This situation in which your brand quality is repeatedly compromised leads to a negative perception of your product, and your brand overall.


Up until recently, there was no data-driven, scientific way to approach stretch wrapping and unit load protection outside the academic testing facilities. With Atlantic’s Packaging Solution Center in Charlotte, you now have access to advanced testing, experienced engineers, and a comprehensive approach that will identify the cause of your load damage problems and a verified solution to fix it.

Stop the domino effect.

Fix your safety problems. Fix your cost and productivity problems. And fix your reputation issue by booking a session at the Packaging Solution Center today.

How Consumer Demand for Variety Impacts Your Packaging

How Consumer Demand for Variety Impacts Your Packaging

Years ago, retail and grocery shelves were pretty straightforward. Shoppers were presented with a selection that included many categories but relatively few varieties within each category.  Yogurt, for example, was a simple decision of choosing plain yogurt from one or two brands. Then we started to see flavored yogurt, fruit on the bottom, lots more brand-names emerging, whole milk or fat free, Greek yogurt, Icelandic yogurt, squeezable yogurt, probiotic yogurt, flip yogurts, and even more.  Brands are challenged to meet the demand for yogurt in a snack size containers, squeeze tubes, drinkable bottles, and larger bulk options.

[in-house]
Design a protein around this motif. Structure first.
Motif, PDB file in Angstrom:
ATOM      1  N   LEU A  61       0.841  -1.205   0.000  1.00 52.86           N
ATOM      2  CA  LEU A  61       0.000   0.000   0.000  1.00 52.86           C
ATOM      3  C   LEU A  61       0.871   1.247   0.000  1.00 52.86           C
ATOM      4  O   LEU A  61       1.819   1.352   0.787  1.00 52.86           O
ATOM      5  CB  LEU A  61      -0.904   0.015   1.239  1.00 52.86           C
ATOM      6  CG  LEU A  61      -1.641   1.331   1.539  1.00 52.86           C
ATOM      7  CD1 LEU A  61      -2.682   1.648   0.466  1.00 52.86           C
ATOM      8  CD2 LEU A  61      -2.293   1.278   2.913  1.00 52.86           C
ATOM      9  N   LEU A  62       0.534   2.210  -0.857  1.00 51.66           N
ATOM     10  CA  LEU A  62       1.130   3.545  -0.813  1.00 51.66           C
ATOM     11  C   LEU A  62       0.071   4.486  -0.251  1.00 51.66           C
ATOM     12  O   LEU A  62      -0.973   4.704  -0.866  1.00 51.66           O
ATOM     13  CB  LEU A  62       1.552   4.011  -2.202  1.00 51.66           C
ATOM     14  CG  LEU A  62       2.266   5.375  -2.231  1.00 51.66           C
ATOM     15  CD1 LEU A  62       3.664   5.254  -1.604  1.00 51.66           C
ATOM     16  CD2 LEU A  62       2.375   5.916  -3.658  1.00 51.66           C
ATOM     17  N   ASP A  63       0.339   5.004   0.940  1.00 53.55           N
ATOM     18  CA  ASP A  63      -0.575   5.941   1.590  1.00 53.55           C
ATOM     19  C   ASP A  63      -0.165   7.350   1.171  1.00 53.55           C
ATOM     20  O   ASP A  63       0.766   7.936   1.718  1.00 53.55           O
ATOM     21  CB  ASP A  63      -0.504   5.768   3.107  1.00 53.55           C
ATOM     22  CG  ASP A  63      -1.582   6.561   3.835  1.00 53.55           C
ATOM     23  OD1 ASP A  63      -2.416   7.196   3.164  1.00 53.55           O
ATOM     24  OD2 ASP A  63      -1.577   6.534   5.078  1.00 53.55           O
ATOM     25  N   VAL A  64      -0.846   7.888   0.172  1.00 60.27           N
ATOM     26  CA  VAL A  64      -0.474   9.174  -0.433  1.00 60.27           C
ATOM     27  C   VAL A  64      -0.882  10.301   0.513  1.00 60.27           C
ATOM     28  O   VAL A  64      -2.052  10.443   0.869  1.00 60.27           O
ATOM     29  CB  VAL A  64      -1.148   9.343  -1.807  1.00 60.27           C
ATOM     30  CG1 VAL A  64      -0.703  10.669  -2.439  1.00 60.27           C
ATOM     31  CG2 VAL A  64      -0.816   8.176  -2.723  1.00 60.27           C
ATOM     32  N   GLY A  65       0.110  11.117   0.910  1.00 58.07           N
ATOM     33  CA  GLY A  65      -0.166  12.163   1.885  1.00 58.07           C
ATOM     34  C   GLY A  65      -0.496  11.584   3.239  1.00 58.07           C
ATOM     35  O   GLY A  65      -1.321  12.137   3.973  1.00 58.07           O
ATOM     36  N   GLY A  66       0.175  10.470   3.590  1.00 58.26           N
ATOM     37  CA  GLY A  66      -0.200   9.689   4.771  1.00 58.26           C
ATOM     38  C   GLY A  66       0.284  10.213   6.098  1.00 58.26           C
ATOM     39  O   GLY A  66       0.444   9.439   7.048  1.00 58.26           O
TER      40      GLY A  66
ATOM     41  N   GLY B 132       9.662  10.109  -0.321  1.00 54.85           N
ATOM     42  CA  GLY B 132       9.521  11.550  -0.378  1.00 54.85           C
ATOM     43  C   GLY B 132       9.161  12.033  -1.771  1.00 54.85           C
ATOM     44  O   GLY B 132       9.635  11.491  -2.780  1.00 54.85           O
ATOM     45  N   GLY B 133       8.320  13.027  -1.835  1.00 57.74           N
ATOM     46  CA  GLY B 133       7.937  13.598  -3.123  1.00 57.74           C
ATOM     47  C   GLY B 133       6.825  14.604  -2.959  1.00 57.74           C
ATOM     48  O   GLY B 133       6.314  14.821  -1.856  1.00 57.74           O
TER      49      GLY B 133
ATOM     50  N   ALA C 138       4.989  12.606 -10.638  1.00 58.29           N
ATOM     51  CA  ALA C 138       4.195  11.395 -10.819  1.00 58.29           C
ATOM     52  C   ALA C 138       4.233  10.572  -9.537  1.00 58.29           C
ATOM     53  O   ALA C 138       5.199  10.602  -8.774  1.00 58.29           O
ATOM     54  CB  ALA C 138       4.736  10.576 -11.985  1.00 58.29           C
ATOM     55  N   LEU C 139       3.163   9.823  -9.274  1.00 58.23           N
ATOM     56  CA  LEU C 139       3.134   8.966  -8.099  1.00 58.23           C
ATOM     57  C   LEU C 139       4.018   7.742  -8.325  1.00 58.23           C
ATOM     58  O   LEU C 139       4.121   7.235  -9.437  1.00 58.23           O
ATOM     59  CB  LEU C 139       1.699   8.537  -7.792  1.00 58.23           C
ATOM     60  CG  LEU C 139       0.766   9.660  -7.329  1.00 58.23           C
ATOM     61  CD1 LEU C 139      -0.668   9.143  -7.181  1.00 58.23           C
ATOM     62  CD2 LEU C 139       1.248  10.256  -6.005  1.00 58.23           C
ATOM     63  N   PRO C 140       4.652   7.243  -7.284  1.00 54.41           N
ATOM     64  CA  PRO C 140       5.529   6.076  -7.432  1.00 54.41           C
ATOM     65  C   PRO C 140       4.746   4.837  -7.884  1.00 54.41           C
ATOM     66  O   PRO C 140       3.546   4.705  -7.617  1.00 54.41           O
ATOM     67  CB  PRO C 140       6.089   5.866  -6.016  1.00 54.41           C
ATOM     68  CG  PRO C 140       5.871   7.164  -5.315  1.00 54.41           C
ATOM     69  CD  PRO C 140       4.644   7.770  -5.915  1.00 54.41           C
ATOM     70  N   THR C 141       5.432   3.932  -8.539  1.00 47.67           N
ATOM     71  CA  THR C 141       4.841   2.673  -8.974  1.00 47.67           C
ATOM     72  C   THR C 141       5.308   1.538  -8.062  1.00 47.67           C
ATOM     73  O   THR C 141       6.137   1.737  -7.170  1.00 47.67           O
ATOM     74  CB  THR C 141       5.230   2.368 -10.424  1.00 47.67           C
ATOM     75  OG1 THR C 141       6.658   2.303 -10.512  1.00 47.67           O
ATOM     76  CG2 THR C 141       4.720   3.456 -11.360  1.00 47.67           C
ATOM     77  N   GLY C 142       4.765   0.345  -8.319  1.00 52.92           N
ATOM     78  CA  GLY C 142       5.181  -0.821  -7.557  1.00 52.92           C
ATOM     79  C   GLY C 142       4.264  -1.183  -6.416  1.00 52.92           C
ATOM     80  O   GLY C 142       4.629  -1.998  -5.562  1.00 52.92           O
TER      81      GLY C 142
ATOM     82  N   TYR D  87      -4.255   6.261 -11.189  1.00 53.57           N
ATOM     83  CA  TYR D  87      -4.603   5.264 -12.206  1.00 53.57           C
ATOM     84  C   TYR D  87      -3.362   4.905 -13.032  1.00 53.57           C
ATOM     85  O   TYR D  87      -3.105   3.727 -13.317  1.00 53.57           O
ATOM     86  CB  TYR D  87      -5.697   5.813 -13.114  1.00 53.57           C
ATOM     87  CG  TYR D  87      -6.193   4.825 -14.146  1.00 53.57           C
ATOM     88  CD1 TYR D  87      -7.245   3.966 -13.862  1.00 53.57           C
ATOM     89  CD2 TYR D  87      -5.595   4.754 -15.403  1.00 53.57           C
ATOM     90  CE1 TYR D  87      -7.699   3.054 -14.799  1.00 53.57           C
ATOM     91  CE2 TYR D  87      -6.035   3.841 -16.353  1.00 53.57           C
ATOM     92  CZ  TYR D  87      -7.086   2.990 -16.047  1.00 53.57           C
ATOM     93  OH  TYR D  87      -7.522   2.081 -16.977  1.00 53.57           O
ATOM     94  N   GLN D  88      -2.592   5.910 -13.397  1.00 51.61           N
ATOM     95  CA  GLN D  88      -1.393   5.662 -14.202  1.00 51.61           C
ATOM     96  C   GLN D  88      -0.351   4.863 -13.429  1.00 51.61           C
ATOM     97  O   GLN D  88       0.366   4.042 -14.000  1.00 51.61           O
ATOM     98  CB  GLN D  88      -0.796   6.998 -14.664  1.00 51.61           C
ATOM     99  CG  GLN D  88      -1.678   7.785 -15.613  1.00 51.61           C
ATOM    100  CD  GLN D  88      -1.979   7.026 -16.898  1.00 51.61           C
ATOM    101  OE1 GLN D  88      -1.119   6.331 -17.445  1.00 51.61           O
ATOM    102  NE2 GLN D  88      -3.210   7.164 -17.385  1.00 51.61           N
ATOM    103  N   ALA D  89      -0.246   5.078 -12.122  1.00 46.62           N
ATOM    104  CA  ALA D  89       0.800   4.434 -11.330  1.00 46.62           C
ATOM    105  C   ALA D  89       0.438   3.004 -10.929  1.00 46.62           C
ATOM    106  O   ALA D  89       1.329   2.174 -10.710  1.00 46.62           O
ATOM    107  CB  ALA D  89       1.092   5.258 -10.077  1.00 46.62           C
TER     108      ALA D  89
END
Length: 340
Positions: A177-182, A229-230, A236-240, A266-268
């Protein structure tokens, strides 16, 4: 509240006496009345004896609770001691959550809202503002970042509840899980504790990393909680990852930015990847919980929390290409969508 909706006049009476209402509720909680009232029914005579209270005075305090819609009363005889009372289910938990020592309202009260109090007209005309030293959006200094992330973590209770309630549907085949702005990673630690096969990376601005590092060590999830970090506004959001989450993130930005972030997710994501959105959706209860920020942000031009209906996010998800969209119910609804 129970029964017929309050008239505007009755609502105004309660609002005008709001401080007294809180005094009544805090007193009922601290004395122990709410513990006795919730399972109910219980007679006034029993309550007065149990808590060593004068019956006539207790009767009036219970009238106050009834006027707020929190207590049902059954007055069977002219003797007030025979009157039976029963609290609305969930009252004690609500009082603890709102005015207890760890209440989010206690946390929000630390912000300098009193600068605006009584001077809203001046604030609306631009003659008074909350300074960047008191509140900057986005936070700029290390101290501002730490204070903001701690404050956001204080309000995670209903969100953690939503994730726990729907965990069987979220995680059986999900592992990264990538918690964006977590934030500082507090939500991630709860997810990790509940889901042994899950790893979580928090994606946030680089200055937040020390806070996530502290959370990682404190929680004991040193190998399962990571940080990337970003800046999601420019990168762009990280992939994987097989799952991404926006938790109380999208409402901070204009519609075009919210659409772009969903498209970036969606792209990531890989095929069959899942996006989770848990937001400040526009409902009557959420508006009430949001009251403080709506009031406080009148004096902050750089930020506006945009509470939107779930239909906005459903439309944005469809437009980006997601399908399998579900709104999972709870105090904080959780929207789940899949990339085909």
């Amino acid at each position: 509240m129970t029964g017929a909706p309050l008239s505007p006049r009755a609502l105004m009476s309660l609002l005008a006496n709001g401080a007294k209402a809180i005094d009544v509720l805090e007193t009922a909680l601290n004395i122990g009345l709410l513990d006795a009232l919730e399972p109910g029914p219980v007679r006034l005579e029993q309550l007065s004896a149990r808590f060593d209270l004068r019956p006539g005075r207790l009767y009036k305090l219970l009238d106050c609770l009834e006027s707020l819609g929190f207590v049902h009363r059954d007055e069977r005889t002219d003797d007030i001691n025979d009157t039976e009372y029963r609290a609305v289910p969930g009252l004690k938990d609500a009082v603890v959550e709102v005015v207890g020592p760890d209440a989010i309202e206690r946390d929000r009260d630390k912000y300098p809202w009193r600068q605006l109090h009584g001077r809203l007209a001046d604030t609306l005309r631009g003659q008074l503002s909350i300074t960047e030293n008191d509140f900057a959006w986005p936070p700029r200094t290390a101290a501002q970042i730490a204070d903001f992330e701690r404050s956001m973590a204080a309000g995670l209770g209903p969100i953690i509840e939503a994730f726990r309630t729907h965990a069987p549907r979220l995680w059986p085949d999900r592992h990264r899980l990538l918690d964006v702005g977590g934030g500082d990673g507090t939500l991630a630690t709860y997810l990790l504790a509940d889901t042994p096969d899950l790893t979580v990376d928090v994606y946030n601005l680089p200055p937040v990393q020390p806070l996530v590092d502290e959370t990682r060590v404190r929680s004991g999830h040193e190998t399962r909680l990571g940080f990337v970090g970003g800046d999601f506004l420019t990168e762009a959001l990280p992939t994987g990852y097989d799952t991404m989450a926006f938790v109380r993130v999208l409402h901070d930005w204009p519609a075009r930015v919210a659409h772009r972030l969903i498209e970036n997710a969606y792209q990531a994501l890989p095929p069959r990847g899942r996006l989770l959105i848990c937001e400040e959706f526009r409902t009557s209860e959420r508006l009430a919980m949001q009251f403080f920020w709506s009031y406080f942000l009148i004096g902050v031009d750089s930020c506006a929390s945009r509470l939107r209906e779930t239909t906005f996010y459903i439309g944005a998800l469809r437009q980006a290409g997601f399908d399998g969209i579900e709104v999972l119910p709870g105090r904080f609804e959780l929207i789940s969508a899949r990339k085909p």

These demands are forcing a greater variety of packaging – and packaging challenges – for the producers and manufacturers.

In addition to the variety of options within each category, another big shift we’ve seen is in the rise of superstores.  Producers and manufacturers used to have to stock small shops whereas now they have to fill the shelves at the big box stores and often with packages of greater quantities. This, together with the greater variety of products, changes the configurations and the ways they’re packing and shipping their products.

When it comes to end-of-line packaging and creating unit loads to be shipped out, companies are no longer shipping the same thing day after day.  Load stability and load dynamics that were once consistent are now needing multiple changeovers and equipment that’s flexible enough to accommodate these changeovers.

Aging stretch wrappers in particular can suffer from poor performance in the face of these new demands. With our MUST Method approach to stretch wrapping at Atlantic, we’re able to audit the performance of our customers’ stretch wrappers and make the adjustments necessary to bring this equipment up-to-date and able to successfully handle a variety of unit loads throughout the day.

Explore the Packaging Solution Center and contact us to schedule an appointment and see how we can help you meet the consumer demand for variety and flexibility.